After we had made it over the mountains and down the other side, there was still one threat to my plans: this five foot Prairie Rattlesnake. Now, to be fair, I had a 4,000 pound vehicle, and all he had was a really snazzy rattle and a little venom. We called it a draw and let each other pass…

Is That What You Call It?

One of the highest privileges I’ve received is that of serving as Pastor for the community of The First U.P. Church of Crafton Heights for the past 26 years.  In 2010, this group granted me a four-month Sabbatical from my ministry for a time of recharging and renewal.  In 2019, they extended that offer again – so I’ve got three months to wander, wonder, and join in life in a  different way.  These entries will help to describe that experience – the sermons return in September.

When I was a kid, I remember hearing people older than I talking about going to the church or the funeral home because they wanted to “pay their respects”.  Usually, that phrase was preceded or followed by something like, “It’s the least we can do.”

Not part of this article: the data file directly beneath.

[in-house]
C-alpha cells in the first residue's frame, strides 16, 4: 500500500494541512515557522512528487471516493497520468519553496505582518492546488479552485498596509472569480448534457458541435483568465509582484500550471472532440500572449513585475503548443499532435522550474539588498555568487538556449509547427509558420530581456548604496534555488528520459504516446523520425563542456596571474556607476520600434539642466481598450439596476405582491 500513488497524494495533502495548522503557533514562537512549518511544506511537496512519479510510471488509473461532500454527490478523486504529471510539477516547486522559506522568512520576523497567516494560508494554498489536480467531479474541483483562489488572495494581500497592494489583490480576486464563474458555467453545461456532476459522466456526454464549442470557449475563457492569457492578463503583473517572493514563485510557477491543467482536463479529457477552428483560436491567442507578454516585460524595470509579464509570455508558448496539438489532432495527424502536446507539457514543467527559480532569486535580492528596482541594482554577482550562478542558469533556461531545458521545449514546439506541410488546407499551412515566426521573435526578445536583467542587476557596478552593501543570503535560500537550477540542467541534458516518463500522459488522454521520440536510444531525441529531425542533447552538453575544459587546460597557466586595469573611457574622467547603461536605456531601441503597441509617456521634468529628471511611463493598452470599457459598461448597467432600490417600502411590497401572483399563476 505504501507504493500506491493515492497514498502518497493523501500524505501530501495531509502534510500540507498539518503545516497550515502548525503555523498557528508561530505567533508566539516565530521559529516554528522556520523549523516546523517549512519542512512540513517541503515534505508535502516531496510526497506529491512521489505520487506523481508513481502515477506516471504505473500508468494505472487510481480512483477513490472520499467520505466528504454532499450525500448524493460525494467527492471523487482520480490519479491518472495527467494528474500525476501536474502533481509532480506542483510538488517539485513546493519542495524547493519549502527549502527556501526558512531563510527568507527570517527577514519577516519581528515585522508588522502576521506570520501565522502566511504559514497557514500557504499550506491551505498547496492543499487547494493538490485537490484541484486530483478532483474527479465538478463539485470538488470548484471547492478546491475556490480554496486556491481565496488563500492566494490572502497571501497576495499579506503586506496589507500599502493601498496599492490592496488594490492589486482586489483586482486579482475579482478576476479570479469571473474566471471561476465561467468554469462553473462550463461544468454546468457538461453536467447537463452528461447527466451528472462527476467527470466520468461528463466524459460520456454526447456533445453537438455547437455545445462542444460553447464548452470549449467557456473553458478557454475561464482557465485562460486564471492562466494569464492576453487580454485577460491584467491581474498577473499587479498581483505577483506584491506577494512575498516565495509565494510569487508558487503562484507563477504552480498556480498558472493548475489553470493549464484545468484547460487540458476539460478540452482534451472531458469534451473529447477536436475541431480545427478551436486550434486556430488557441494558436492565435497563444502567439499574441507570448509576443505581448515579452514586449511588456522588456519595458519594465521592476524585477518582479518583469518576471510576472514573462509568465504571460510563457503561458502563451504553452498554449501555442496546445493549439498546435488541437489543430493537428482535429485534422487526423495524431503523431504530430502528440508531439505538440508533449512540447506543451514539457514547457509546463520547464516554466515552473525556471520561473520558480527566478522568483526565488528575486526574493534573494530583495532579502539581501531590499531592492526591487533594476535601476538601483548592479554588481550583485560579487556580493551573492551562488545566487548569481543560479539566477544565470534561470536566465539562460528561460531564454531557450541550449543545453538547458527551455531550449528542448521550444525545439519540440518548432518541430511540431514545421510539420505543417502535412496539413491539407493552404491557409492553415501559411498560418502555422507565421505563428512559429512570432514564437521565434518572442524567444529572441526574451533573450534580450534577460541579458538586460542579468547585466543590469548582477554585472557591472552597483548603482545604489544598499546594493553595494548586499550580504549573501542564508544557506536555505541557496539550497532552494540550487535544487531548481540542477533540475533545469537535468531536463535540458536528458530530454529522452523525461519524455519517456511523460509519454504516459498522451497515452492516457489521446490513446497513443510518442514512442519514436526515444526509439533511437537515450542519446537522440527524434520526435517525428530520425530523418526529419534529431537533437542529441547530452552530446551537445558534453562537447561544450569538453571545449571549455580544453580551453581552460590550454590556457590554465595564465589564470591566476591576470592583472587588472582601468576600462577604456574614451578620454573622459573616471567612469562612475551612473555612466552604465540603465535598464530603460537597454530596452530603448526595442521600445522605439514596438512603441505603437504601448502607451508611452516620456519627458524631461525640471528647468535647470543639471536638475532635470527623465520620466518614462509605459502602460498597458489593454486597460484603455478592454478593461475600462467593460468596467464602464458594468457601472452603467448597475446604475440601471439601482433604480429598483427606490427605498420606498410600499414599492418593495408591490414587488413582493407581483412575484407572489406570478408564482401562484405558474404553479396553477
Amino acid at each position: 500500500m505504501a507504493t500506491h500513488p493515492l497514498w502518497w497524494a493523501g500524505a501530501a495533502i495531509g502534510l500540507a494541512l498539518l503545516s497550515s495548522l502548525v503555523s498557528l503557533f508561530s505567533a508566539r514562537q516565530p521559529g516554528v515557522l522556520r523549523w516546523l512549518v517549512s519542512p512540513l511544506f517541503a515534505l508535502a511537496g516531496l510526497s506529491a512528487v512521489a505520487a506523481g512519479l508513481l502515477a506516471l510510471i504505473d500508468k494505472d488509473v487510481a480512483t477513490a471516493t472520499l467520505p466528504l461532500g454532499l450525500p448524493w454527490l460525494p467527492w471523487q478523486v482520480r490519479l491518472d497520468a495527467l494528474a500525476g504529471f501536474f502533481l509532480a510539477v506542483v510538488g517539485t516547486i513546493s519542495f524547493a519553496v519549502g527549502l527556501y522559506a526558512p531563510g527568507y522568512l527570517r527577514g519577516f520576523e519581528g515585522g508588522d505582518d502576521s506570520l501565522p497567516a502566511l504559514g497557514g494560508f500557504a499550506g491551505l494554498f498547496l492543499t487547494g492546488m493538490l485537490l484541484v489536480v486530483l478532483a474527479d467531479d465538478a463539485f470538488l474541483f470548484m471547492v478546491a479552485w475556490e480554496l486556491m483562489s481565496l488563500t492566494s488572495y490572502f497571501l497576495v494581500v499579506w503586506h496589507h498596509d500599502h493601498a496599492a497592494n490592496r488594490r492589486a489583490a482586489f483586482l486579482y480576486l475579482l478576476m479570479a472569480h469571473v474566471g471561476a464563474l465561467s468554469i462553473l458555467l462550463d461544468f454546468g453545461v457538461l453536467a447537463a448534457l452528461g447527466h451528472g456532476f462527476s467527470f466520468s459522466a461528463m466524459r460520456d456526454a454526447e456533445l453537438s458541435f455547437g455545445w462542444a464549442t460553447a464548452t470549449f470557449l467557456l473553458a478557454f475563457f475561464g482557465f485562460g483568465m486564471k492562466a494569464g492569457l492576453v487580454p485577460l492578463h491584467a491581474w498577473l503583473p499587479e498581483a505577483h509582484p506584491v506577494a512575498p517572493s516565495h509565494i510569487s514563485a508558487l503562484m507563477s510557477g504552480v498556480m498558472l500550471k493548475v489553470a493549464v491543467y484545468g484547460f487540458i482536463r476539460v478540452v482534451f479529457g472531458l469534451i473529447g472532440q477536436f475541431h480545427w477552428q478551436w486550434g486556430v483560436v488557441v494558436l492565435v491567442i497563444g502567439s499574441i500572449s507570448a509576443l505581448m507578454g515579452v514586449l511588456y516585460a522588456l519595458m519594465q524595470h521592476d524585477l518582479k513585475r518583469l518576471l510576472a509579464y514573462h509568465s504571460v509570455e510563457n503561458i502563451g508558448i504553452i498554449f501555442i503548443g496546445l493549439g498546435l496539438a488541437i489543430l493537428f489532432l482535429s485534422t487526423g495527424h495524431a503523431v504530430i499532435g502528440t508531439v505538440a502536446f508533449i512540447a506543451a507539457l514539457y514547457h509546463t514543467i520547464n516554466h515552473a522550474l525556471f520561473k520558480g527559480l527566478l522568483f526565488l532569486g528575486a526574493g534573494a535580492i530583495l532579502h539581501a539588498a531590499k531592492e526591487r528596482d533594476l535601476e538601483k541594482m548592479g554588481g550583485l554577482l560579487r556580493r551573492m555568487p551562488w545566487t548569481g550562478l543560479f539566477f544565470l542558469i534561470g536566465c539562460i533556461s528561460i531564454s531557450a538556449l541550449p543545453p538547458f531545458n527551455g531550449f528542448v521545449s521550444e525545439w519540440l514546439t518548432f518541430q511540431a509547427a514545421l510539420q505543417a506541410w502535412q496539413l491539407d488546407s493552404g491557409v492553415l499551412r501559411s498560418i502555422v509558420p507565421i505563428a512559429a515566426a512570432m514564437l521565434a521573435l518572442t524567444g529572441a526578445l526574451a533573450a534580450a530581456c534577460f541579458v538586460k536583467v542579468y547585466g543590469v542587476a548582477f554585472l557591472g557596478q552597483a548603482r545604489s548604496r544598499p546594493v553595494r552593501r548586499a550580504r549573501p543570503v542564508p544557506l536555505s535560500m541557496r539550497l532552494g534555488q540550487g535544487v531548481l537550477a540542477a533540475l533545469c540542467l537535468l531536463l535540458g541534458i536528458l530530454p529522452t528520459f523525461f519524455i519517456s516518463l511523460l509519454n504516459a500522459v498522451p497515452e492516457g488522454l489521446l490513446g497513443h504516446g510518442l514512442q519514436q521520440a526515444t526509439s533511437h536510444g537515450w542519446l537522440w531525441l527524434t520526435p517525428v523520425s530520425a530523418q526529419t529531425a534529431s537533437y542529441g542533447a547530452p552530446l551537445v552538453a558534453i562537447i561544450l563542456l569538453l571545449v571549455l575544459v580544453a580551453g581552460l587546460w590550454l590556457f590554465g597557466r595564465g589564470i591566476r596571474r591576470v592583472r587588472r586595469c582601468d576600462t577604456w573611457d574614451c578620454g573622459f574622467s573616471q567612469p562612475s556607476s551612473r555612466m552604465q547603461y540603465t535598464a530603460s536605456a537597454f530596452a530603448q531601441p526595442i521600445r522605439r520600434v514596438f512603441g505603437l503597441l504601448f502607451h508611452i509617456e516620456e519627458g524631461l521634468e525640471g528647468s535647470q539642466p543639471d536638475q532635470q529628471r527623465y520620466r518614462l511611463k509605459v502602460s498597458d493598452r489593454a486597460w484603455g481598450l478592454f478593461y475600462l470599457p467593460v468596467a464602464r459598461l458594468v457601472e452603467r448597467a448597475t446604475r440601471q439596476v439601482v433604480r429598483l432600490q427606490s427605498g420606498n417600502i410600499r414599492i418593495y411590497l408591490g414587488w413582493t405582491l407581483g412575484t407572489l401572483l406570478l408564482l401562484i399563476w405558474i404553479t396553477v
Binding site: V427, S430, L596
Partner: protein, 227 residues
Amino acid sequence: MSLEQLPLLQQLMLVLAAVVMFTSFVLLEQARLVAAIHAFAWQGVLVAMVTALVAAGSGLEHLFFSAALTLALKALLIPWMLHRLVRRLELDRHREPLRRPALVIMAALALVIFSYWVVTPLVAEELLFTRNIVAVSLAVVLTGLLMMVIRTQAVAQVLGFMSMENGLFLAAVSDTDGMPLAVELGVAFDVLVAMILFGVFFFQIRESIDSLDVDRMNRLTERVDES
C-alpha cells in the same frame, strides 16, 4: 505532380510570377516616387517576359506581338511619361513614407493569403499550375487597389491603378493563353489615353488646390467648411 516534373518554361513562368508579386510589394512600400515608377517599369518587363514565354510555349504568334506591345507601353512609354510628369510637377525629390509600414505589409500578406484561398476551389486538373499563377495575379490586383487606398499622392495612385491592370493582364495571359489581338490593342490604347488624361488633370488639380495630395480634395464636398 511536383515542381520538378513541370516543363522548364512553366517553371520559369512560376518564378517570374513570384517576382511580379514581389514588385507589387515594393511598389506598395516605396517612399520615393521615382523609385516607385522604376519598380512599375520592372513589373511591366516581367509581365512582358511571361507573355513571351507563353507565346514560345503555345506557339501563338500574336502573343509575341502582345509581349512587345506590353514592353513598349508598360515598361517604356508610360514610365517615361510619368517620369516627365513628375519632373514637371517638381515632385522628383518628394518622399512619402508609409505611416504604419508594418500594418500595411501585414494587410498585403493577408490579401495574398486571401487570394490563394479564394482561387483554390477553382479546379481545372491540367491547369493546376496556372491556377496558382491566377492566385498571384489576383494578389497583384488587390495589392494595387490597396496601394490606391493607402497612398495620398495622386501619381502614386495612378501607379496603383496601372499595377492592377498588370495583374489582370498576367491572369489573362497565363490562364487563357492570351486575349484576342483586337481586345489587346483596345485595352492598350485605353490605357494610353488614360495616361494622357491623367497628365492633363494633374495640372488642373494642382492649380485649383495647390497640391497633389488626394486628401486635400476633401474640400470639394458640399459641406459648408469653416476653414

That phrase was always curious to me.  I knew what it meant to pay for a ticket to see a movie, or to pay the piper when I’d been caught misbehaving, but the idea of “respect” was so amorphous that the entire enterprise seemed so vague to me.  And why would it matter if it was your “least”, anyway?

I was, in many ways, a difficult child.

If you’ve known me long, you know that I’ve matured into a difficult adult.  Which is why I asked my wife to celebrate my 59thbirthday by accompanying me in a rental vehicle down some of the most mind-numbingly jarring dirt roads that Western South Dakota has to offer.  I was looking to pay my respects.